You spend eighteen or more years teaching them and hope it sunk in….

Our Army son still has a lot of mail that comes here.  Since most of the important stuff can be accessed online, we send it to him in periodic batches, unless there is something he needs right away, and sometimes that means we have to open it to find out, and then text or call him about it.

Yesterday both our son’s got their voter registration forms in the mail.  The younger son still living at home, picked his up from the spot on the table where we leave mail and I haven’t checked, but hopefully he has a plan for submitting it or went online and took care of it.  I sent off a text to Army son just letting him know he got a notice and  giving the U.R.L. for the site to register and request his absentee ballot.  Late last night (six hour time difference) he texted to let me know he took care of that, and said he is probably going to vote for Johnson.

One thing we tried to do with our kids was to teach them to think.  Not what to think, but how to think for themselves.

My response when he said he was probably going to vote for Johnson, was “yeah?” and he responded “yeah”.  That is about the extent of most commentary from him.  But once in a while, he surprises me with proof that a lot more goes on in that head of his than he ever reveals.  The first time that happened he was in middle school.  I went on to say “That will help Hillary win. No Dems will vote for Johnson, but conservatives will and that will split the conservative vote and leave Hillary with a majority.  (It’s not that clear-cut, but the principle stands.  I don’t know how much he knows about the electoral college.  I should ask, him that!).  Anyway, sometimes there is a delay between responses, and as it was late, I actually got so sleepy and forgot I was waiting for one, and went to bed.  Of course as soon as I got comfortable, I remembered.  I debated whether to leave it until morning, but a mother is always hopeful of a conversation that consists of more than grunts and single syllables from her sons, so I got out of bed to see if there was a reply text.  There was, and I was very glad I got up to check because here was his response:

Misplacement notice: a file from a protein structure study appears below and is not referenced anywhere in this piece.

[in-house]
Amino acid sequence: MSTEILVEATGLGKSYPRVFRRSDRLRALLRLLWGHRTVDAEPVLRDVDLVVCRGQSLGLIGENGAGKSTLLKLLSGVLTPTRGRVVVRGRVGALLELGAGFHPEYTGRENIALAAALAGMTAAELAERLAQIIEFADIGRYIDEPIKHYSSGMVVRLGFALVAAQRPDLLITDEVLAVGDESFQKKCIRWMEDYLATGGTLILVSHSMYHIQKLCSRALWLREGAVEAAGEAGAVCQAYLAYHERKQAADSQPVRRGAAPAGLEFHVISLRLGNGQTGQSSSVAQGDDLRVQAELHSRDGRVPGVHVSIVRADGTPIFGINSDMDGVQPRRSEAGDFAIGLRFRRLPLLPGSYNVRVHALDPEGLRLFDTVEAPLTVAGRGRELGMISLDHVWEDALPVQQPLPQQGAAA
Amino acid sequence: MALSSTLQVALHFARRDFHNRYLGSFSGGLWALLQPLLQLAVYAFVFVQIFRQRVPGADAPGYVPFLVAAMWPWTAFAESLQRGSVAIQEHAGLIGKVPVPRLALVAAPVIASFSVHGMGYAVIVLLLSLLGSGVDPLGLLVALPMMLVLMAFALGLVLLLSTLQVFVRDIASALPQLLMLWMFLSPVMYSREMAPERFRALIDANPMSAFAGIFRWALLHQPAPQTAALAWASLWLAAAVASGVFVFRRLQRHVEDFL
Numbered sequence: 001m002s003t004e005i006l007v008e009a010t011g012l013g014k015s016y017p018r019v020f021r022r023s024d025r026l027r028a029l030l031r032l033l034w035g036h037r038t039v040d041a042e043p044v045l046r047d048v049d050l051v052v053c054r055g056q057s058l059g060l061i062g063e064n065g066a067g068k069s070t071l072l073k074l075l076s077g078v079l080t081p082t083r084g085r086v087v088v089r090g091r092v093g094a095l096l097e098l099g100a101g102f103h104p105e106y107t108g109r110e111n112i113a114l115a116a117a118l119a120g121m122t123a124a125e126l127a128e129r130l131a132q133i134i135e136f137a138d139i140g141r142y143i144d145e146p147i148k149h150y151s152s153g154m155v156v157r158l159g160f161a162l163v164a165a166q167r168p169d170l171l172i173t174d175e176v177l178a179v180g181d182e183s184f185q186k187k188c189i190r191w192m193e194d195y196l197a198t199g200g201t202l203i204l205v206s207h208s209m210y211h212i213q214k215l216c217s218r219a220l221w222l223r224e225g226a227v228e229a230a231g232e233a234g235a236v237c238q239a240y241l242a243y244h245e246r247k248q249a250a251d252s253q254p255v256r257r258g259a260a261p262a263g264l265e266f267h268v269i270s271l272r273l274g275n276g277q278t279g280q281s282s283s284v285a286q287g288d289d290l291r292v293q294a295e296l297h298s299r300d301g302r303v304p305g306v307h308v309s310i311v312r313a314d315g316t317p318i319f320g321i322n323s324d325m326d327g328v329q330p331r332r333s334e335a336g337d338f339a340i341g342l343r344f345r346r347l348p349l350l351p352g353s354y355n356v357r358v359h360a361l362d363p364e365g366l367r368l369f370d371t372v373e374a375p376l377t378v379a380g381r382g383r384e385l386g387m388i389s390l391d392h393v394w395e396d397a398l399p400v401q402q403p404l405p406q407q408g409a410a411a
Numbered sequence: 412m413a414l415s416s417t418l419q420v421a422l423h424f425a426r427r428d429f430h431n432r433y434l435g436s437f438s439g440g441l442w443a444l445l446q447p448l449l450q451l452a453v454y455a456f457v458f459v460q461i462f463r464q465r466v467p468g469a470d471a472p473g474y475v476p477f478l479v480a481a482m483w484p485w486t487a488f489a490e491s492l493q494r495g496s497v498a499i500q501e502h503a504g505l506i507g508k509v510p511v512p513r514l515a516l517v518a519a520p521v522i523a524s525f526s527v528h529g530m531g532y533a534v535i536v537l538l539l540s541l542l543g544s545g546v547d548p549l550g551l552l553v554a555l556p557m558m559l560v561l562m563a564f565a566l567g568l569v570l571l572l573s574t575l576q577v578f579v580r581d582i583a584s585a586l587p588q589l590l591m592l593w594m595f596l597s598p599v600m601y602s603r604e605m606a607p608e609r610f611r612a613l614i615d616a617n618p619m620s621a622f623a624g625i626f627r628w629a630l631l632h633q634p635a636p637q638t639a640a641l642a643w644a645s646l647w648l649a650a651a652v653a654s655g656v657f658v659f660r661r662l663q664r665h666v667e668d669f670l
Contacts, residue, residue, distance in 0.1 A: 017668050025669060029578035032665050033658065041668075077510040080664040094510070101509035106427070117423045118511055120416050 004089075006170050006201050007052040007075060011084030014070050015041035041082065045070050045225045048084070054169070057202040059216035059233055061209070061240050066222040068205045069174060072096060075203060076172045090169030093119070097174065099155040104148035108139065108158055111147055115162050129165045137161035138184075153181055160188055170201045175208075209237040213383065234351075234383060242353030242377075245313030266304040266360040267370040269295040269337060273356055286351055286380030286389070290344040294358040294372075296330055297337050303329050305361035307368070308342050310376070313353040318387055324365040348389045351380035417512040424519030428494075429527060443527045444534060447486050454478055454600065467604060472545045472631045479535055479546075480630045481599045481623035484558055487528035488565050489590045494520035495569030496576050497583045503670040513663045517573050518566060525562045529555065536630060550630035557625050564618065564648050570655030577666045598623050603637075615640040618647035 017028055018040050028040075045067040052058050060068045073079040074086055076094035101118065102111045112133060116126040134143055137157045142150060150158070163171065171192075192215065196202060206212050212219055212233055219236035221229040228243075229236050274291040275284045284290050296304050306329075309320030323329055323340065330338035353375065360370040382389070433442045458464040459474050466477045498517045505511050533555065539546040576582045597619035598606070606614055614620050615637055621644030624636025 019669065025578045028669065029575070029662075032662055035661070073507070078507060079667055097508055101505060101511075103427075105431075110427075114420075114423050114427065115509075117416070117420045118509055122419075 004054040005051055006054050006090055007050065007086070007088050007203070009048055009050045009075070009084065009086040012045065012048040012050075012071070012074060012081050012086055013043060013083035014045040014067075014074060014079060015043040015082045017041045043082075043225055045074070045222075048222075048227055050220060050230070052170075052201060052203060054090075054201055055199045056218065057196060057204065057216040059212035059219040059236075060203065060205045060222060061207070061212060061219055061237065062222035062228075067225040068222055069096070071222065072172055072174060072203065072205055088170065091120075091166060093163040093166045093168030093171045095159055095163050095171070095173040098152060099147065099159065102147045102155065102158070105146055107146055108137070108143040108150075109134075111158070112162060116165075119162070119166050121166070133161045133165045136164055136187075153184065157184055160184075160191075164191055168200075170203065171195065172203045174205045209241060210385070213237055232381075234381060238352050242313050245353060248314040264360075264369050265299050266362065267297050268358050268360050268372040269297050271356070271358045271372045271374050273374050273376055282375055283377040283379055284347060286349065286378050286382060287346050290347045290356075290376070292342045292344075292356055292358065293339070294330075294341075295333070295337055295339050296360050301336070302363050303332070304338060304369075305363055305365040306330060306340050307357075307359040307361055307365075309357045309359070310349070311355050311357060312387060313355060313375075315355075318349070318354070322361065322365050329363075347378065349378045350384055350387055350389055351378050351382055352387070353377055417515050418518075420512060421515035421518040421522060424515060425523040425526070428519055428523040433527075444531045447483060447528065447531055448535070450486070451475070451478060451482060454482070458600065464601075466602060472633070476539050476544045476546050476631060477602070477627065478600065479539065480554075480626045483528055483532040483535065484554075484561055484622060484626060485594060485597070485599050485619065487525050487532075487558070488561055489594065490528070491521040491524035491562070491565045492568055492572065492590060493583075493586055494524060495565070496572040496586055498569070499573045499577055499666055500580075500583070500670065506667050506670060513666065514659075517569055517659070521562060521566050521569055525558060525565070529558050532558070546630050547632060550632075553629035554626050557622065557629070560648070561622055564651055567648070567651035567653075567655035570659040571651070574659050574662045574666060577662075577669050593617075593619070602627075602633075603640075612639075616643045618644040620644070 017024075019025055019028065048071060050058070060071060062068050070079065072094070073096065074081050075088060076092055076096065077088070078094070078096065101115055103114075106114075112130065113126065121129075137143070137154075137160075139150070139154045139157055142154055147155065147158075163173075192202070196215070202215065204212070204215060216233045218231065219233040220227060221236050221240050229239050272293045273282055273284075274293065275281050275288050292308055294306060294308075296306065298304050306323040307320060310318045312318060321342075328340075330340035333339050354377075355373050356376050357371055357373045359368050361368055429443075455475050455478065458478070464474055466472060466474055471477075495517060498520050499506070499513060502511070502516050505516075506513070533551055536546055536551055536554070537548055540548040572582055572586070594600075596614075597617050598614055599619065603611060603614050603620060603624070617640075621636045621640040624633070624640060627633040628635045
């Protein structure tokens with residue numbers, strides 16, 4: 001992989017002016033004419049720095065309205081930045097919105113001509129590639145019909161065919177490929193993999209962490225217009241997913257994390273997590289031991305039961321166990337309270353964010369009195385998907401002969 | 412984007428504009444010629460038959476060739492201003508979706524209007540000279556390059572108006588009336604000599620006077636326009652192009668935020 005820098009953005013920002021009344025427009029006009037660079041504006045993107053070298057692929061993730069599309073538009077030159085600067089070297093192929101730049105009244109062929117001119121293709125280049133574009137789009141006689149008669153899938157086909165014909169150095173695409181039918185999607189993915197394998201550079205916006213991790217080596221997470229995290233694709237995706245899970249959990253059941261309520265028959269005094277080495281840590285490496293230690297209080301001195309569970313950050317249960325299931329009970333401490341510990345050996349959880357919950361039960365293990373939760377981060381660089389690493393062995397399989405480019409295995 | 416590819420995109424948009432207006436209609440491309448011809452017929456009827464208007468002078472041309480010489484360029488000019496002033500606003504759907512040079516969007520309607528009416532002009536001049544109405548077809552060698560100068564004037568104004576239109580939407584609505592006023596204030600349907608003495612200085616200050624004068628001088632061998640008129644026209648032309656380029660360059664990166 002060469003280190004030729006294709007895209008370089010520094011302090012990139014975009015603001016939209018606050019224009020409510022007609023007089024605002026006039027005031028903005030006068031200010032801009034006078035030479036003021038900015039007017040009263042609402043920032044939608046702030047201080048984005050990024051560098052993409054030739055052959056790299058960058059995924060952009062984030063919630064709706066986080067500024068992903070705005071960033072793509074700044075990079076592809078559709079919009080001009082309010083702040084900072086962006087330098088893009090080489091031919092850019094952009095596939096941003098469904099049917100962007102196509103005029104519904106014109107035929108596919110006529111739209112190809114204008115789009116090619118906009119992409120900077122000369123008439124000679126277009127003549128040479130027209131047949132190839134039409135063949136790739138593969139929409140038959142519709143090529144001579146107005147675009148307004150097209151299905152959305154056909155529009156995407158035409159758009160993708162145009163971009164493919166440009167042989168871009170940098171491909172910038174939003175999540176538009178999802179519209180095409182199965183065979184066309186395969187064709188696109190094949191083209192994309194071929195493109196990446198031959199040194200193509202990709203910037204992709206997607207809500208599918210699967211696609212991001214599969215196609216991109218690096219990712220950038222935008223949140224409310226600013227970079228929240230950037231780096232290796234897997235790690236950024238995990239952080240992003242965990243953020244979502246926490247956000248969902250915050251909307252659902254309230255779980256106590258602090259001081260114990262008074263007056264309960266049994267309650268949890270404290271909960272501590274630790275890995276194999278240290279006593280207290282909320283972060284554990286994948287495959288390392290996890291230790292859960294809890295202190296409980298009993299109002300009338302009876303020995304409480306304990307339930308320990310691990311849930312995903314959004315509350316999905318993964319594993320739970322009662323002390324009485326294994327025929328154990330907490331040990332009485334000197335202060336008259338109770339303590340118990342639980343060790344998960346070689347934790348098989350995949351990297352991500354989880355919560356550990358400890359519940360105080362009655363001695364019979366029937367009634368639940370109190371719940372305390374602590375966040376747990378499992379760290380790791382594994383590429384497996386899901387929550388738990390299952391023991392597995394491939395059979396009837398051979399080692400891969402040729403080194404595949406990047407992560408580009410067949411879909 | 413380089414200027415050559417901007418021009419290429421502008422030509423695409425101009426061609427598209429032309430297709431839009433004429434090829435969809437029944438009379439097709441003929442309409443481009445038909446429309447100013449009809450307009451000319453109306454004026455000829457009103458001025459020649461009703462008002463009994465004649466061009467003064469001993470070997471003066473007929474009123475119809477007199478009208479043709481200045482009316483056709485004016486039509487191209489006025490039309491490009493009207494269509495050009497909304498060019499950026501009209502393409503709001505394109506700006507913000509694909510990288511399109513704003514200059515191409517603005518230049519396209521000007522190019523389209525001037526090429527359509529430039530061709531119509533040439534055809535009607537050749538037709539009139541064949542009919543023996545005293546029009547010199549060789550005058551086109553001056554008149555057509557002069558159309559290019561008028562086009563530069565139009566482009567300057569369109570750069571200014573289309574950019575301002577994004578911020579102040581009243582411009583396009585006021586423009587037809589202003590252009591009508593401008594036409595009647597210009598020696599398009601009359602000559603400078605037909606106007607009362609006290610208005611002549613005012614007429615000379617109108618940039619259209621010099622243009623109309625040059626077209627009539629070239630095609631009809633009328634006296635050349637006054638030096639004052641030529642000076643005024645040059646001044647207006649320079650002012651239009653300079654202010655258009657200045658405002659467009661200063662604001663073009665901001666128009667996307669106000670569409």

“I agree with that, but if all the people who thought like that voted 3rd party, imagine how much better his odds would be.  I think voting Libertarian is the only way you can send any kind of message  that says you don’t approve of what the government is doing.  Even when big party wins, they still see what their opponents numbers were, and if more people voted Libertarian then the next candidates would be forced to shift toward the Libertarian side of things.  If people keep voting for D or R, then they are supporting the sustainment  and growth of big government and voting Libertarian is the only way to send the message that you don’t approve of it.

It may not change the outcome of the election but in the bigger picture every libertarian vote helps move policy in a small government direction.”

Whether he is seeing all he needs to see and considering all there is to consider, I can’t know, but that definitely shows he has put some real consideration into this election and is keeping informed.

I told him I was proud of his impressive answer, and went to bed with an elusive feeling rarely experienced in the role of parenthood, that sense of having gotten through!  Don’t get me wrong.  My husband and I don’t subscribe to the notion of being the sole architects of who are kids become, but rather took to the privileged task with fear and trembling, and counting on God to make up the difference for our vast deficits.

As parents we do have an obligation to facilitate the best atmosphere for building good character and instilling values and good morality in our kids, knowing the influences they are subjected to, guarding against deception and indoctrination, but as Christain parents, we have to also keep in mind that above our pay grade, there is God! He, too is looking out for them and has goals and plans for them we don’t know about and may not even have “approved of” if He had deigned to ask our opinion.  We “gave them back to the Lord” when we got them”, as many Christian parents do. We pray, we talk, we discipline and correct, we teach, we “incubate”, and then one day, it’s time for the birdie to fly.  When that day comes, we have to recalibrate.  We have to accept we will have a different role from that point.  And we have to get busy learning how to best serve our adult kids as a source of guidance and wisdom when asked, having hopefully cultivated that open communication for years already, to where they value our input.  Even when you do everything “right” sometimes a kid has an intrinsic need to go out there and learn everything the hard way, in spite of your input.

And that’s what duct tape is for!



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